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By Chris Vellacott
LONDON, March 12 (Reuters) - Efforts to restore financial stability in Ukraine face “exceptionally high” risks from further conflict and disgruntled creditors, the International Monetary Fund said on Thursday.
In a report by IMF staff released after the fund announced a $17.5 billion loan package, the IMF said the programme it was backing and Ukraine’s journey back to economic health are most vulnerable to being derailed by renewed conflict in eastern Ukraine.
The fund’s report also highlighted the risk that creditors holding Ukrainian bonds may balk at the terms being offered in a restructuring.
The overall package amounts to more than $40 billion. That includes the $17.5 billion of IMF loans, a further $7.5 billion in lending from other international organisations and $15.3 billion in debt relief that Ukrainian officials hope to gain from bondholders.
Debt-restructuring talks with holders of its sovereign debt, who include top fund managers Franklin Templeton, Blackrock and PIMCO, are due to begin on Friday, according to Finance Minister Natalia Yaresko.
“Creditors may balk at the terms being offered in the debt operation and holdouts may try to free ride,” the IMF report said. “The negotiations may be protracted, particularly as some creditors have large positions in specific bond issues.”
The financing package assumes $5.3 billion debt relief from the restructuring this year, $3.4 billion next year, $4.4 billion in 2017 and $2.3 billlion in 2018.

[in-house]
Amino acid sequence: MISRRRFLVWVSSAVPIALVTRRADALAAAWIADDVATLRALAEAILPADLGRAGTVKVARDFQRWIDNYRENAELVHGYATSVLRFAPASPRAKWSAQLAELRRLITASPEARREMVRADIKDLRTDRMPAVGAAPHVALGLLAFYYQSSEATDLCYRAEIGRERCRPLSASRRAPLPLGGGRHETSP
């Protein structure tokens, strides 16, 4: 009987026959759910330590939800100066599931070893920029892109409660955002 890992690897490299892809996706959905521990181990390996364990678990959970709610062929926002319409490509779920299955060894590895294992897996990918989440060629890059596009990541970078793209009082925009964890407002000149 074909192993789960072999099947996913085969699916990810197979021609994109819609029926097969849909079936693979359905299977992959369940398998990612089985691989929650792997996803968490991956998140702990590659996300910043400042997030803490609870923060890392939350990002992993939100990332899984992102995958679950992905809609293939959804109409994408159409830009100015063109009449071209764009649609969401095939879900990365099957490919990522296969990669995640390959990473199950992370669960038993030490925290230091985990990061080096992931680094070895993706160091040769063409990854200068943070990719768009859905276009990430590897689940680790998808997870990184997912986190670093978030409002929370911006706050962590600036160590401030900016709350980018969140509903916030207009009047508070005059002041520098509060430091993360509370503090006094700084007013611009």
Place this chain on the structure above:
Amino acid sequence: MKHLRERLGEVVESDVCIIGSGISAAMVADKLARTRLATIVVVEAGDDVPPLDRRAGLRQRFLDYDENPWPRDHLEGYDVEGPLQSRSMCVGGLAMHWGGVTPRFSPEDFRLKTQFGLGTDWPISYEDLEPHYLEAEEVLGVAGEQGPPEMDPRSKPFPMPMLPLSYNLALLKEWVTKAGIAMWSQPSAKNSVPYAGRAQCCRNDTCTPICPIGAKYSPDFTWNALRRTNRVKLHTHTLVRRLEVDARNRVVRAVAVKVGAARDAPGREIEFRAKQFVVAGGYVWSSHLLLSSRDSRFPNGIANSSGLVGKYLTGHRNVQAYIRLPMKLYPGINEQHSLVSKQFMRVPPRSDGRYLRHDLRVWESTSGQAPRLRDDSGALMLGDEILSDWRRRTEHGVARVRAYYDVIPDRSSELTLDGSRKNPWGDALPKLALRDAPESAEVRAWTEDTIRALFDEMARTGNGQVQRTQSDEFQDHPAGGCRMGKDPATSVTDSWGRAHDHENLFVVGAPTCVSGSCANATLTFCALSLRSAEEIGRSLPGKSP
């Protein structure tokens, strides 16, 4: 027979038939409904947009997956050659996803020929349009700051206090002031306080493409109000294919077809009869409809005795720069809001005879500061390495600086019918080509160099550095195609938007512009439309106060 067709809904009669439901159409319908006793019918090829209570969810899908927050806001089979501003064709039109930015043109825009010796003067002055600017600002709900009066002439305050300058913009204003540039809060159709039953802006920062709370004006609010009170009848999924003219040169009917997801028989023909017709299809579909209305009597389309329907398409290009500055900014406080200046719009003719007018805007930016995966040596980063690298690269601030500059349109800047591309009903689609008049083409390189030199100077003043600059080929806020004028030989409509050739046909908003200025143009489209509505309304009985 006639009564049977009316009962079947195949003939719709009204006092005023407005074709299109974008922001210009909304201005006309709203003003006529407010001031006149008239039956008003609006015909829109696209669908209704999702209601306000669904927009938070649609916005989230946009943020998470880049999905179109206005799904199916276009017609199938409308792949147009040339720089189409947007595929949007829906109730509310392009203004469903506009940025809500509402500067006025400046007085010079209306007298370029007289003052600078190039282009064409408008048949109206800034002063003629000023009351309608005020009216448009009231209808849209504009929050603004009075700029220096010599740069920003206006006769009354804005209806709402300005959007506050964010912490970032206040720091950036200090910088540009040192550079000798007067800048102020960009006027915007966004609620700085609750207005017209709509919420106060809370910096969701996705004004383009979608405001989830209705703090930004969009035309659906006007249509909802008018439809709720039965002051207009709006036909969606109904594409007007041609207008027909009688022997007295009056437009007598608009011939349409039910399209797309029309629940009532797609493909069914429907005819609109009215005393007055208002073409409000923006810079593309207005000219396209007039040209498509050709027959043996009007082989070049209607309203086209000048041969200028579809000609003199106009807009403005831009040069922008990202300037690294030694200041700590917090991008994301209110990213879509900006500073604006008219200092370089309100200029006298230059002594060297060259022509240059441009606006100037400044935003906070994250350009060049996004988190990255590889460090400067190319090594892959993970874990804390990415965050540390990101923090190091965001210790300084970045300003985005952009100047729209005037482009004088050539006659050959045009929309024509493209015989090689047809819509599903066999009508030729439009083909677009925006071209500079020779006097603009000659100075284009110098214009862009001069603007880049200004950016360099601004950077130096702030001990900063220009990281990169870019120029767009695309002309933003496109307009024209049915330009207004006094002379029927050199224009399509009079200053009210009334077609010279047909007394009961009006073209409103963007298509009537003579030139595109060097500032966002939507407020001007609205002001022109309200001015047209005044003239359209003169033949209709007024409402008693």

Questions remain over whether Russia, which holds $3 billion of Ukraine bonds, will participate in the restructuring.
The IMF also noted that reforms -- which hinge on strengthening public finances, repairing bank balance sheets, shaking up the energy sector and running a tight monetary policy to stabilise its currency -- could be blocked by “vested interests”.
“Ukraine’s track record on program implementation is weak and punctuated by repeated false starts,” the fund said in its assessment of the reform package.
“In fact, in key policy areas such as the exchange rate regime, energy sector, anti-corruption, and agricultural VAT, progress was stalled in the past under pressure from vested interests.”
The IMF conceded, however, that Ukrainian authorities made progress in addressing these issues in connection with an earlier loan agreement approved last year. That loan is now deemed insufficient in light of Ukraine’s ongoing conflict with pro-Russia separatists in the east.
The fund noted that the reform package, if successful, could leave Ukraine with a more robust long-term outlook because the current crisis presents the country with a unique opportunity to push through tough policies.
Ukrainian authorities proposed to the IMF a structural turnaround that will involve some belt tightening for their citizens, such as spending cuts and an energy-sector shake-up that will involve increases to household gas prices.
Monetary tightening aimed at stabilising the currency and replenishing foreign currency reserves would be helped by the IMF’s intention to front-load its rescue package, pumping $10 billion into the economy in the first half year, the fund said.
Governance of the central bank will be bolstered in consultation with IMF staff. Banking sector supervision will also be tightened alongside anti-corruption measures and deregulation to lure back investors.
Reporting by Chris Vellacott; Editing by Larry King